Mean yields of both early and later plantings were lowest in the SWFS (where it is driest), but were highest in the NWFS and EFS (Figures 4 and 5). Based on the large standard deviations of the means presented in Figures 4 and 5, it appeared that considerable genetic variation exists among the cultivars in terms of yield potential under both dry and wetter conditions. The coefficient of variation (CV) is a measure of spread that describes the amount of variability relative to the mean. It can be used to estimate the amount of yield fluctuation risk associated with a cultivar. The CV alone is not an ideal measure for describing genotypic stability because its rank order is usually induced; e.g. consistently low-yielding cultivars across targeted environments may have low CVs, and may not be good cultivars to recommend. It is always best when recommendations for stable cultivars consider both the low CV and the actual mean yield. A combination of high yield and relatively low CV implies that a cultivar consistently produced high yield in the target environments. Selecting out yielders that have a low CV can enable breeders to select simultaneously for high and stable grain yield in a reliable way (Ortiz et al. 2001; Mustatea et al. 2009). As alluded to earlier, low-yielding cultivars were continuously replaced with newly released ones in the cultivar evaluation trials, but the top-performing cultivars did remain in the trials for an extended period. Only the top-performing cultivars, which lasted in the trials for an extended period of at least five years or more out of the 10-year period, were considered for further analysis. Mean yields and CVs for these cultivars were calculated and are presented in Table 2.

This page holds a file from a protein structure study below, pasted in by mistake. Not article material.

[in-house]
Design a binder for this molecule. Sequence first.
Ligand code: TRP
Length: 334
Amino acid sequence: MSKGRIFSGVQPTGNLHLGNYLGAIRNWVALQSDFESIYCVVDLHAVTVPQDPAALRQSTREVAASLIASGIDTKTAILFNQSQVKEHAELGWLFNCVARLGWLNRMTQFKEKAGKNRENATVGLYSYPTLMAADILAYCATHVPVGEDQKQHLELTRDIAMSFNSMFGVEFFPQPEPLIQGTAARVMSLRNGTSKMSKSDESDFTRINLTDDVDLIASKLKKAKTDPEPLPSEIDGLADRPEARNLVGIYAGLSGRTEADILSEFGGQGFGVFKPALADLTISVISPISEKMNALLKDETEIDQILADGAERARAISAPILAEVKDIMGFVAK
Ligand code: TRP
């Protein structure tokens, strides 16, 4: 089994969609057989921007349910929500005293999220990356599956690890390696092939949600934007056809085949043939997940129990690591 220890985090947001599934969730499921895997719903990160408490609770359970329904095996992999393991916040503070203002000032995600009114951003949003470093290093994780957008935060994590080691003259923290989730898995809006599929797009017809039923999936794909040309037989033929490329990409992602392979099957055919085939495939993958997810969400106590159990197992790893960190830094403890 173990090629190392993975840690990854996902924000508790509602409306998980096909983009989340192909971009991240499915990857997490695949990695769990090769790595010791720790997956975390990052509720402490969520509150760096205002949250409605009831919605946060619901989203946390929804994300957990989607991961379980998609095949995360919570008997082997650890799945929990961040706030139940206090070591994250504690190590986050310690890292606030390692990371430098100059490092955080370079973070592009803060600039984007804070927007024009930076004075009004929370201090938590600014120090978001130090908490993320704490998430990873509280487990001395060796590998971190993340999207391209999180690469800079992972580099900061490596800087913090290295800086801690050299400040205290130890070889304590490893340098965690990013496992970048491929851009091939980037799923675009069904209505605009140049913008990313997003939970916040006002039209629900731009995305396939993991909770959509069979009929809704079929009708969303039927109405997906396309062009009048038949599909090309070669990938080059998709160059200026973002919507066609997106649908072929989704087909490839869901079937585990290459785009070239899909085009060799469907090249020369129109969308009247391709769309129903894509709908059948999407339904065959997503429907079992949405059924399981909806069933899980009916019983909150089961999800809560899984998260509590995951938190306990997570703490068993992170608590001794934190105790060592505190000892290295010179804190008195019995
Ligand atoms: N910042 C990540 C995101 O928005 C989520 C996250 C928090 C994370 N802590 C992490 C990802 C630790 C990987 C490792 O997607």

Outstanding cultivars that had above-average yield and a lower-than-average CV can be identified from Table 2. For early plantings, these cultivars were SST 347, PAN 3120, SST 356, PAN 3377, Matlabas, PAN 3161, PAN 3368, PAN 3379 and PAN 3144. For later plantings, the cultivars were PAN 3355, PAN 3118, SST 347, SST 356, PAN 3161, PAN 3379 and PAN 3144. These cultivars are recommended for adoption by farmers, as well as possible utilisation by researchers in improving drought tolerance of wheat in the SRA. These cultivars had the best ‘phenotypic plasticity’, referred to as the ability to give stable yield in both good and dry environments (Via et al. 1995). We therefore recommend the use of these cultivars to generate an elite gene pool for breeding droughttolerant and high-yielding cultivars adapted to the SRA. As explained by Rasmusson and Phillips (1997), breeding progress could be achieved from selecting within an elite gene pool by crossing ‘good’ with ‘good’. In addition, further studies are recommended to identify their physiological and morphological mechanisms of adaptation to dry conditions, including the genetic basis.


The authors thank ARC-SGI technical staff for their assistance with management of field trials and data collection. The Winter Cereal Trust and ARC are highly acknowledged for funding the National Wheat Cultivar Evaluation Program. The Department of Agriculture, Forestry and Fisheries is also highly acknowledged for funding the ‘Identifying drought tolerant wheat cultivars’ project, from which this study emerged.